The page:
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Hey! This might have happened to anyone - consider Commander Achilles and his trouble-prone heel. And although my singular experience went down in an urban jungle by means of a rusty two-penny nail, it yet justifies comparison to our mythic hero's if one looks at it this way. Achilles emerged from his situation with pluperfect consequences - he died and went to that glorious place where Greek heroes finally arrive.

In my unfortunate case I had to go to a local hospital.

So commending my eternal soul to a commonplace version of hereafter, I resigned my Self and began preparations to confront this Destiny. I collected my reading glasses, two medium-sized good novels, one bad novella, a few schoolbooks just for show, a foreign crossword puzzle, an unfinished chess game, writing materials, a gas mask, and a pair of knitting needles. I briefly considered the loaded Glock 19 but rejected it; the eager bullets close to imploding from disappointment.

Then I looked to organize my sustenance. From various cupboards, crannies, and one extraordinary nook, I gathered dehydrated bread, cheese, and drinking water, plus the various medicinal and other provisions recommended for outings of this nature. All was duly packed along with special protein rations in generic pill form (which can save so much space and time). Just in case though, I intended to take along a small calf and a trusty sheepdog.

That done, I slept and arose to a rosette dawn, gassed up the four-wheel shift-stick SUV with eco-friendly super, and ready for any eventuality, set out.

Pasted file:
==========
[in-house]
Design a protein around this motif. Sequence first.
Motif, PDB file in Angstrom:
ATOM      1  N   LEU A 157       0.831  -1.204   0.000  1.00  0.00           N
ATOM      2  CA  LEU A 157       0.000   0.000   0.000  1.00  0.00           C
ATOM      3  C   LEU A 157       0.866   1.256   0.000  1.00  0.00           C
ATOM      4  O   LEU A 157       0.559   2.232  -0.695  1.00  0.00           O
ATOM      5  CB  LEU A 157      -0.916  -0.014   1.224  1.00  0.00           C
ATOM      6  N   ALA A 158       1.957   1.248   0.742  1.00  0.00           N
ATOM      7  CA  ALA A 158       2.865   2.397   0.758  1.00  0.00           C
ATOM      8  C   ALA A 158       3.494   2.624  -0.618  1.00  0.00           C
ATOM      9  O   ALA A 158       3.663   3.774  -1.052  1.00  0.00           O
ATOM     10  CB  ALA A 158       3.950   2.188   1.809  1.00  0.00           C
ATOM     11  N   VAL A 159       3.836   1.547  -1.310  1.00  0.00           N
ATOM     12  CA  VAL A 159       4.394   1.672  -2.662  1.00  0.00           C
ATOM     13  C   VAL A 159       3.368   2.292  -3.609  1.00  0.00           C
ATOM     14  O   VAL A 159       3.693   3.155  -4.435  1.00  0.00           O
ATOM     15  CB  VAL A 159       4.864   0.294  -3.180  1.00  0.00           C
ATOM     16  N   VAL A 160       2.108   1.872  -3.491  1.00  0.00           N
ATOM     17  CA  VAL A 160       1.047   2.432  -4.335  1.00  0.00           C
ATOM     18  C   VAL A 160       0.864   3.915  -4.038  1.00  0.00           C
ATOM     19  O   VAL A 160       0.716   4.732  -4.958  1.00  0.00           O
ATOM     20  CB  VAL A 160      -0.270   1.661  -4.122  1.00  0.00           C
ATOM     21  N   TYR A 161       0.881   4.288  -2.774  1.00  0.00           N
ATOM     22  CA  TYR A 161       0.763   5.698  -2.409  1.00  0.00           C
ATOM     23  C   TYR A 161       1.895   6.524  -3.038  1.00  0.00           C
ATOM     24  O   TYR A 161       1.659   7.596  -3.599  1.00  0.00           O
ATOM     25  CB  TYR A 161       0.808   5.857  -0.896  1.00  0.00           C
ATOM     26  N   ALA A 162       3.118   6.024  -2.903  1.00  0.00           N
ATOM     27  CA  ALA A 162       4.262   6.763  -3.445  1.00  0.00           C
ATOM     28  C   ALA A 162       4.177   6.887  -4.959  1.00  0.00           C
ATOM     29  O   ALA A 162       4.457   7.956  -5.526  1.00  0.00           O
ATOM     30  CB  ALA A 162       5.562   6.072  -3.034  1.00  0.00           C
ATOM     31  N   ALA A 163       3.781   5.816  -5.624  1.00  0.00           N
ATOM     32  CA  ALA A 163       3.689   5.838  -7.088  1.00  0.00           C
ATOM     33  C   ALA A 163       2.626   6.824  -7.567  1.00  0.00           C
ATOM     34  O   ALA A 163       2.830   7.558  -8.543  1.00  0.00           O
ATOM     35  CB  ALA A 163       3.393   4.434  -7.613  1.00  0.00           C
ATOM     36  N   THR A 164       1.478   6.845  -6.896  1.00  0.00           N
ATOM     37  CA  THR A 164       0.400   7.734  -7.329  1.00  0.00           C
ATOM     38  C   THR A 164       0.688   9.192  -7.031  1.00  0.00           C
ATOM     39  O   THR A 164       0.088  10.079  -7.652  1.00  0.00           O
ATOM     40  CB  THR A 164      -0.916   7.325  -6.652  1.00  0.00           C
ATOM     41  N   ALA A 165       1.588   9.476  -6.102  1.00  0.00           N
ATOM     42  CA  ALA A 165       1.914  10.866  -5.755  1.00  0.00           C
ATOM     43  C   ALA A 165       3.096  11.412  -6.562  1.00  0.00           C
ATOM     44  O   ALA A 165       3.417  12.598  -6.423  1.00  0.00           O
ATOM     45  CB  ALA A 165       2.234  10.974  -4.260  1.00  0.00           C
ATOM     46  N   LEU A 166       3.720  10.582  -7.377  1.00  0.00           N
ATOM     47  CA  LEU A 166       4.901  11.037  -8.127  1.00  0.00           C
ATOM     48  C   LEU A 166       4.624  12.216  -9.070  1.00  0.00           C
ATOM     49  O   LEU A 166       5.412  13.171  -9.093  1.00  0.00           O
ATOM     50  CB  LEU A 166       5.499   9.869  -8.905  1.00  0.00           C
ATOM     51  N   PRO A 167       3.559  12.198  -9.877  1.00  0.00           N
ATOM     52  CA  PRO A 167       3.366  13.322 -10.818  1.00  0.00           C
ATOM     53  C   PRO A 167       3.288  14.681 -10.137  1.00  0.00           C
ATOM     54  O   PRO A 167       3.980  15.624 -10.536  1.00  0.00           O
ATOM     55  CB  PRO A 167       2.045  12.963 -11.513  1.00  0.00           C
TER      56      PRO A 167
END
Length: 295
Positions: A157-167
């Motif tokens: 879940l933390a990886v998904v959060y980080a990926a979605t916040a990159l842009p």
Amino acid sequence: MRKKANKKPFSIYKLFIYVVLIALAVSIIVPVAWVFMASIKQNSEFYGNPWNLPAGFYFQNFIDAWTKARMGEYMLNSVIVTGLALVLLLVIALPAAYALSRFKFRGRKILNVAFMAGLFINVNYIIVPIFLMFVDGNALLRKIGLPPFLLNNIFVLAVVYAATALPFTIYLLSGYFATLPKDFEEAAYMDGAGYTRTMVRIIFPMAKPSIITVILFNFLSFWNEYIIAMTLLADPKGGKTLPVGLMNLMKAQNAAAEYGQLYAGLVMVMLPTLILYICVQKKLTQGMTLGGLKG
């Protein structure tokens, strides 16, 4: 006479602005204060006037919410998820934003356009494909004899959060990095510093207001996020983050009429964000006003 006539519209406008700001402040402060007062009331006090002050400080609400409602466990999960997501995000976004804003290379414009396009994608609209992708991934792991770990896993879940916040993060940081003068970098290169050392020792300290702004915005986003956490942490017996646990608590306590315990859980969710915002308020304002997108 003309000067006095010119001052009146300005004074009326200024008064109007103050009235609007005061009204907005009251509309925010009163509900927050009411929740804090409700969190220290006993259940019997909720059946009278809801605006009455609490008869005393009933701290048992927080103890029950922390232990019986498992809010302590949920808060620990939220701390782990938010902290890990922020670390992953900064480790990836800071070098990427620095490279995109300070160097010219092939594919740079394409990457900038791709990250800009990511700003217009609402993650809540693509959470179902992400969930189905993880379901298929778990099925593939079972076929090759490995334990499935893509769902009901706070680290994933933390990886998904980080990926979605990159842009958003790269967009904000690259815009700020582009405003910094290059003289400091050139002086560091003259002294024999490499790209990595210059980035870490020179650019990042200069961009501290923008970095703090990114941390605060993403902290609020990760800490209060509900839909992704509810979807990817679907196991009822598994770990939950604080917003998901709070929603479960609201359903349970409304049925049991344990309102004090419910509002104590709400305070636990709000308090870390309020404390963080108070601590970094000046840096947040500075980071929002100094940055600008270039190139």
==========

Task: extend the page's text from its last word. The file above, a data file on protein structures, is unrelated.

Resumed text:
Getting to the hospital could've been the work of a minute - if it was the next door down my hallway, that is. However, my harrowed arena for the unwell needing care was several miles distant, and consequently, my trip numerous minutes, some anxiety filled. Nonetheless, I arrived in time and before business was actually cracking. So I swiftly encamped myself in the No.4 slot behind four persons already awaiting treatment.

In first place was a mature woman lying prone on the bench and drooling from her slack-lipped mouth. Off and on, she'd vary this performance with a vibrant groaning while she rolled both eyes as if in transports. With this as clue, I quickly went out to my SUV and within moments returned carrying appropriate remedies. I donned earmuffs and deftly twisted a hand towel into a gag that fitted snugly into her frothy maw. Her eyes immediately widened to a fixed stare and I supposed the rest of her grimace was gratitude. Couldn't be certain. It was a tight gag.

Behind her was a teenager who bled profusely from a stump of wrist that until recently had bridged to his left hand. By way of a few curt keen questions, I learned that he was the victim of a sharp tool/hand confrontation and that he had been there since yesterday sans food, drink, or further incident. This data seemed right as his blood was slowly forming a deepening pool in the bucket chair. His plight so touched my soft heart I eased his discomfort with a six-pack of cheap crackers and a secondhand glass of water. After he paid up, and moved this generous by the extravagantly profitable compensation, I loaned him my spare swim trunks. His smile was a miracle of acknowledgment.

Third place, of course, was coupled - she full-length supine, arms neatly folded on a lush-breasted chest and seeming at peace behind her closed eyes. He, in weak voice, explained to me that several days ago she had consumed her entire prescribed sleeping-pill supply and consequently, dozed off. When two mornings straight she did not awake to fix him breakfast, he had managed for himself before electing to bring her to the hospital for professional observation because he felt that the deviation from his normal writing work pattern had rendered his hurried scribbles untrustworthy, and furthermore his eyes were "not so good" and finally, due to a palsy contracted after a bout of ptomaine poisoning, he still trembled violently when making notes.

Impressed to the extreme by the fellow's unique predicament, I was tender as I helped him to position number five. I also checked the expiration dates on my canned supplies. Then reassured of my safety I embedded the exhausted Self comfortably in seat number four.